Indications of wear and tear on the convention center’s sails
  • Indications of wear and tear on the convention center’s sails
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On May 7, city-council members wailed that they had been knifed from behind. They claimed to be finding out for the first time that the San Diego Convention Center had defaulted on an agreement to keep its mitts on a six-acre parcel that would be essential for construction of a contiguous expansion.

Jeff Kawar

Jeff Kawar

The center’s management had decided to default on a balloon payment of more than $13 million. The property owners are playing hardball. “I have seen a demand letter,” says Jeff Kawar, deputy director of the Office of the Independent Budget Analyst. The owners’ lawyers “are threatening to foreclose.”

Councilmembers warned that there may never be a contiguous expansion. So did the media, even though center management says a deal can still be made. Former councilmember Carl DeMaio sounded the alarm on his radio show, penned an op-ed, and sent it to his mailing list, saying, “This is a big deal and is critical for our local economy.”

Actually, an expansion, contiguous or noncontiguous, is not critical to the local economy. That’s because there is no credible evidence that a bigger facility would bring in more attendance. On May 5, two days before the traumatizing council meeting, the Office of the Independent Budget Analyst issued a report showing that the center is suffering from both physical and financial shabbiness and lacks the means to fix the physical deterioration. Indeed, Kawar’s reports over the last three years have shown how the center’s finances were looking ever more ragged.

The budget analyst report probed the center’s 2016 budget. Among the many things that stood out was this: next year, the gross building rent is expected to be $14.4 million. Subtract $5.6 million of that sum as “rent credits,” or price cuts to convention customers, and the total is $8.8 million. The center plans to discount its prices by almost 40 percent next year.

Heywood Sanders

Heywood Sanders

“Everybody in the industry is discounting — including some down to zero,” says Heywood Sanders, the ranking expert on convention centers. The University of Texas at San Antonio professor warned of a convention-center glut in a seminal 2005 paper for the Brookings Institution. Last year, his book Convention Center Follies: Politics, Power, and Public Investment in American Cities told the story of the goofy industry arms race. Even industry leaders are warning that the price cuts are splashing red ink all over centers’ books.

Attendance is growing at only 1 to 2 percent a year, but new centers continue to be built or existing centers expanded. Thus, there is vicious price-cutting in a highly competitive market. “If you have to give the place away, what is the likelihood you will be able to get any real and continuing increase from an expansion?” Sanders asks.

Kawar was responsible for the budget analyst study. He notes another factor: next year, the center projects that gross rent will rise $527,000 and the rental credits, or discounts, will increase $516,000. “Yes, rents increase, but they increase about the same amount as rent discounts. I thought that was interesting,” says Kawar.

Just as interesting is “the lack of a plan to address the growing backlog of capital needs at the Convention Center,” the report notes. This has been happening at the same time as operating reserves have been depleted.

In 2008, the reserve fund peaked at $8 million. But the center’s staff gobbled that up planning for an expansion; the money went for rights to purchase the expansion site, feasibility analyses, and payments to design consultants. Kawar says, however, that reserves were increased last year, and there are plans to boost them this year and next year. The dilemma: “You need to restore healthy reserves, but you also have to [take care of] capital needs.” No funds have been budgeted to address the $3.9 million in capital needs next year.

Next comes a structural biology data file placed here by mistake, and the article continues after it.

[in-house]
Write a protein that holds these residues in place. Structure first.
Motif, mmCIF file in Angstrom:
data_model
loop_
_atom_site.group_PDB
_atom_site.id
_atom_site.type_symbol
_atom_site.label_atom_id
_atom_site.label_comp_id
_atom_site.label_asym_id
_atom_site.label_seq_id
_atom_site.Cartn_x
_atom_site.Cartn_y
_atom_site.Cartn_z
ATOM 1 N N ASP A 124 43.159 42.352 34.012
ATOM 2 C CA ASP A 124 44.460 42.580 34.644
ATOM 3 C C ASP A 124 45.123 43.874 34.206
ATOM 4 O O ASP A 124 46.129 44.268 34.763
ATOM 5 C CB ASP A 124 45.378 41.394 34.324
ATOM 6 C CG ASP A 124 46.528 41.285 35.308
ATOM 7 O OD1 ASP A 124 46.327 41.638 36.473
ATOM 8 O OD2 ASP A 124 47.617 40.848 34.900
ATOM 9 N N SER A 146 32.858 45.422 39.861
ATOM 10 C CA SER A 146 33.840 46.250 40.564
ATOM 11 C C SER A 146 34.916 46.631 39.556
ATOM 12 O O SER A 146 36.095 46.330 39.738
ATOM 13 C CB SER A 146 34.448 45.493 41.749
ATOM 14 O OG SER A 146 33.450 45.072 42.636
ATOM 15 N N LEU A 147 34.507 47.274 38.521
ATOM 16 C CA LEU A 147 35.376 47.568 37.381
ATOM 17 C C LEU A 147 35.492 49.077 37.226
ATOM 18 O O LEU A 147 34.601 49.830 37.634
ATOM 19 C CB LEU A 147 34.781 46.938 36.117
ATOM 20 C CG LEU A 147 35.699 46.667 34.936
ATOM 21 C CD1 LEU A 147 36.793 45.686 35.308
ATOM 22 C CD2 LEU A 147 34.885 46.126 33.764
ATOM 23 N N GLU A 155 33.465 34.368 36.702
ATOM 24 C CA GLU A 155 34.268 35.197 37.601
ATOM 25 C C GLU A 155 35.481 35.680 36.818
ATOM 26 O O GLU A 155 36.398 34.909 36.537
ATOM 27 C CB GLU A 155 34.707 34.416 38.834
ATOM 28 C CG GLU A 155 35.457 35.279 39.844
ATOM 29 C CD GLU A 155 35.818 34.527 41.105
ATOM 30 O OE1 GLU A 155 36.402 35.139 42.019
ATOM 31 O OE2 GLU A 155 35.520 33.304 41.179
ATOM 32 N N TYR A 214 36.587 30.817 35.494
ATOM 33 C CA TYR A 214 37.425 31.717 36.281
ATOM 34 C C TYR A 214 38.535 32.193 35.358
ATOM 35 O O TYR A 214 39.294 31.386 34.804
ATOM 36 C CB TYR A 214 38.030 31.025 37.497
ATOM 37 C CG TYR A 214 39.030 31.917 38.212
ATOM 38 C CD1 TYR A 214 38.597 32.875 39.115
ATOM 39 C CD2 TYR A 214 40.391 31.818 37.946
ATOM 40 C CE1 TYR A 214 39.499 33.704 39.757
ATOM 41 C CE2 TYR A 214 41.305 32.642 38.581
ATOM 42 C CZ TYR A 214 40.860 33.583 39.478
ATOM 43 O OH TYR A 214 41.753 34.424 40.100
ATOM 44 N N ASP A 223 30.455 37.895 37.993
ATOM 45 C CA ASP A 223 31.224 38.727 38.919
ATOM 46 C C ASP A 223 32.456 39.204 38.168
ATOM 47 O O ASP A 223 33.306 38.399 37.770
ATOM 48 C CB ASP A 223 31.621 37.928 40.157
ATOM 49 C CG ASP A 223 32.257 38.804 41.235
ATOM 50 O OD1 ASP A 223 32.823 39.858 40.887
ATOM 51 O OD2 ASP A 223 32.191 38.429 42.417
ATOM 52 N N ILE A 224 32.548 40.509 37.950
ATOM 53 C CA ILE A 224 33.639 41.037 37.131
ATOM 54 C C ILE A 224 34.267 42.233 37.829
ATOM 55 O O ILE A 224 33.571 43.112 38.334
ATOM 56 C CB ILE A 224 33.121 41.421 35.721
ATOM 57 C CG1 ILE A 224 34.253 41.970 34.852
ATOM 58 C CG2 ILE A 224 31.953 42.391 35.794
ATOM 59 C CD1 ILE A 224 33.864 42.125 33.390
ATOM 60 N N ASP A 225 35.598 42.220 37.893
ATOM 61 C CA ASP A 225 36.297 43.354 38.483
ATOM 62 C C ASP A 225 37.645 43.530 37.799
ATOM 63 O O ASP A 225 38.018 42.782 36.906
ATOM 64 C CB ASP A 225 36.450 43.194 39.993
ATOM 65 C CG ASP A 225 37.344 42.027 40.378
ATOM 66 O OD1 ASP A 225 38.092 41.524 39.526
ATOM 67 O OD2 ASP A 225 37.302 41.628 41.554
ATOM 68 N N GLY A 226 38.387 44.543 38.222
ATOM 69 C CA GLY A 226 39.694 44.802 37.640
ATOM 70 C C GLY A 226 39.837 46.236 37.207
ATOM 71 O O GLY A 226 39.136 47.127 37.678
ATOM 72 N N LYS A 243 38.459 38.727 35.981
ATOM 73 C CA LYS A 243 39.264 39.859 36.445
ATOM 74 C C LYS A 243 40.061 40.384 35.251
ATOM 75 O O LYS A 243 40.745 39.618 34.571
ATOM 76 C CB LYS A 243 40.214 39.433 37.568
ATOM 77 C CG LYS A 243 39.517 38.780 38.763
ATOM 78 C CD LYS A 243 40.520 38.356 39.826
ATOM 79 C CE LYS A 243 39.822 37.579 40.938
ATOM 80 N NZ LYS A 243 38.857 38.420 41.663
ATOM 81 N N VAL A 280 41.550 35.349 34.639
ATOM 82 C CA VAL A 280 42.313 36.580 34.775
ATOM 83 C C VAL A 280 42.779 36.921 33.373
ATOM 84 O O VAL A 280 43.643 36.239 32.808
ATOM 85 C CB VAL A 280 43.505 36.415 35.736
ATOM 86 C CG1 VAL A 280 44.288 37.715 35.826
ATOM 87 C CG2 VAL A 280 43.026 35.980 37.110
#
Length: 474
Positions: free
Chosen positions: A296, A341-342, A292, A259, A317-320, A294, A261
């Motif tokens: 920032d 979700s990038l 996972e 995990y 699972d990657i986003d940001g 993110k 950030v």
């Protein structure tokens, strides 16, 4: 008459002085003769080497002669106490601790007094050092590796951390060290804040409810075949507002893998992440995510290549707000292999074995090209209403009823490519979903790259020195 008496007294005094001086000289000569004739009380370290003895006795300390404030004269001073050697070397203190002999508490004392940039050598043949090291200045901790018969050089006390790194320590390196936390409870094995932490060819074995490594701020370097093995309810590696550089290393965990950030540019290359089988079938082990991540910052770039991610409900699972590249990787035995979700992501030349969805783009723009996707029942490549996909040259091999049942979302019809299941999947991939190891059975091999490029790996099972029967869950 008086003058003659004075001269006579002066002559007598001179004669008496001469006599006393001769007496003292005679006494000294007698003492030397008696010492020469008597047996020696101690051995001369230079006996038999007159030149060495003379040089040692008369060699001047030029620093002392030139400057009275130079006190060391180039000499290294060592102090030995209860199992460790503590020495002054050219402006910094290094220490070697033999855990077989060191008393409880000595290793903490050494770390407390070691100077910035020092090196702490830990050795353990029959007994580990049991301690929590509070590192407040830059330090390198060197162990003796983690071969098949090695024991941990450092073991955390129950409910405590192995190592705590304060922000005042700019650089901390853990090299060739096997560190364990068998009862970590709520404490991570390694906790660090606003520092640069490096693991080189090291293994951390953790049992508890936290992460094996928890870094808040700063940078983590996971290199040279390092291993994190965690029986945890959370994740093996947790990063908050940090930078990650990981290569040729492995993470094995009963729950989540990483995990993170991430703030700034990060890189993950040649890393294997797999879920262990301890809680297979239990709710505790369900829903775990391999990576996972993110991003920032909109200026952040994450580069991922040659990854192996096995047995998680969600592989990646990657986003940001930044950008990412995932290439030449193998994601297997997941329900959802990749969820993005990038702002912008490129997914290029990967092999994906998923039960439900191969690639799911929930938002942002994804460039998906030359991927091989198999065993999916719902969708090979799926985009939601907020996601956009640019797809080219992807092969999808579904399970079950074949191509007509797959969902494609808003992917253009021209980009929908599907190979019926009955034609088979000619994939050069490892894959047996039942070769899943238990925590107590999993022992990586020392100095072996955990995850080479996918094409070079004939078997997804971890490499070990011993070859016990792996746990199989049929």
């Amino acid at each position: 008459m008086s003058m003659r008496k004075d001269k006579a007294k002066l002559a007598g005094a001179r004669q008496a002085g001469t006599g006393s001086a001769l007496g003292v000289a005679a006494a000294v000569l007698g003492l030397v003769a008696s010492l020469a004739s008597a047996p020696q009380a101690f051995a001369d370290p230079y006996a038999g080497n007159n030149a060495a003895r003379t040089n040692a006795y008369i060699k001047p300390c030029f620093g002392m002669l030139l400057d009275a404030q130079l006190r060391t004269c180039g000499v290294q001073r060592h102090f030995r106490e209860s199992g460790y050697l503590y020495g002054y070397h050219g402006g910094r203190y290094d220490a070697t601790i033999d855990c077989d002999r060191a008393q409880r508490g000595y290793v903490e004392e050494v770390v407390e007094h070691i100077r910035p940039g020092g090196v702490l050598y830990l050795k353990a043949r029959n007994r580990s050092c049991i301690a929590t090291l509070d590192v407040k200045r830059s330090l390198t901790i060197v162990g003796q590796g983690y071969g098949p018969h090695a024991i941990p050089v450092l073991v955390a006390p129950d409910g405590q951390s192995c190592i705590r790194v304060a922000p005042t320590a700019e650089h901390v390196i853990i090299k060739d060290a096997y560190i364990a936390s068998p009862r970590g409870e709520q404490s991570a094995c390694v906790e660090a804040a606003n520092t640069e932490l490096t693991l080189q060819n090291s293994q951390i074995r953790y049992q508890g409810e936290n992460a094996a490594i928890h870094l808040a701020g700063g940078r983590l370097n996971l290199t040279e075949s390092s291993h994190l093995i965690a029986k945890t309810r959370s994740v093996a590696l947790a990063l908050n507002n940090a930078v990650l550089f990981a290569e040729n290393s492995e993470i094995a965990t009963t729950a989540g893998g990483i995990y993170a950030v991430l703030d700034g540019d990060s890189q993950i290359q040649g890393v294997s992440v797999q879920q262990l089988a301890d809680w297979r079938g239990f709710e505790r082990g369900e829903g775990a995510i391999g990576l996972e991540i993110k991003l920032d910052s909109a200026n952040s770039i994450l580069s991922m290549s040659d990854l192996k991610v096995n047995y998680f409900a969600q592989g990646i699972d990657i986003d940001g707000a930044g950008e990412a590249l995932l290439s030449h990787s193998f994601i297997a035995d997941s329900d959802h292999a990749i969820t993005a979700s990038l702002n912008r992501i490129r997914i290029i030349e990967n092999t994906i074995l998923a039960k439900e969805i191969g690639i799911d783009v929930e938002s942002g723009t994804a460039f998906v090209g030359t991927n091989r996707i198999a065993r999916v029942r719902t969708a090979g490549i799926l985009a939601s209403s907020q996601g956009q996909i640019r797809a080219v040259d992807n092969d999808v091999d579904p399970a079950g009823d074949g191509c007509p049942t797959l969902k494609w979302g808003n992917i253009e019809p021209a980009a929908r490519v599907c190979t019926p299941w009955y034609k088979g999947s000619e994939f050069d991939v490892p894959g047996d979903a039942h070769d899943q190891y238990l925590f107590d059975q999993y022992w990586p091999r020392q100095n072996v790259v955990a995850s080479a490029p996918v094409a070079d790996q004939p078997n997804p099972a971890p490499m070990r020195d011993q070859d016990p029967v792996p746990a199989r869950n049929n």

Some say San Diego’s convention center needs to be made bigger to compete, even while maintenance suffers

Some say San Diego’s convention center needs to be made bigger to compete, even while maintenance suffers

The center has $32 million in long-term capital needs over five years, such as fixing the rips and stains in the sails in the rooftop sails pavilion.

Steve Cushman

Steve Cushman

“What is not addressed is the $32 million and how to fund that,” says Kawar, and even Steve Cushman, chairman of the center, admits that the convention center doesn’t generate enough capital to pay for deferred maintenance.

The center normally gets $3.4 million from the city. Now it wants that boosted to more than $7 million. Kawar, for one, questions whether the gift will be forthcoming. The center’s management is also discussing whether it could wangle money from the California Infrastructure and Economic Development Bank, called the “IBank.” The bank, located within the governor’s office, provides financing to state institutions through such methods as issuing tax-exempt and taxable revenue bonds.

The center’s dismal financial condition is greatly a function of the price slashes caused by the industry glut. Will an expansion attract more business? Says Sanders, “The dilemma is, if you are expanding in an environment in which the business is growing slowly, and it is clearly oversupplied, and you know other [cities] are expanding, the likelihood of getting new business is slim to none, particularly when Anaheim, San Francisco, Los Angeles, and Seattle are expanding.”

Vlad Kogan

Vlad Kogan

As usual, the convention center did not answer the questions I submitted. But Vlad Kogan, who got his PhD in political science at the University of California San Diego and is now an assistant professor at Ohio State, still follows San Diego and can see the center’s point of view.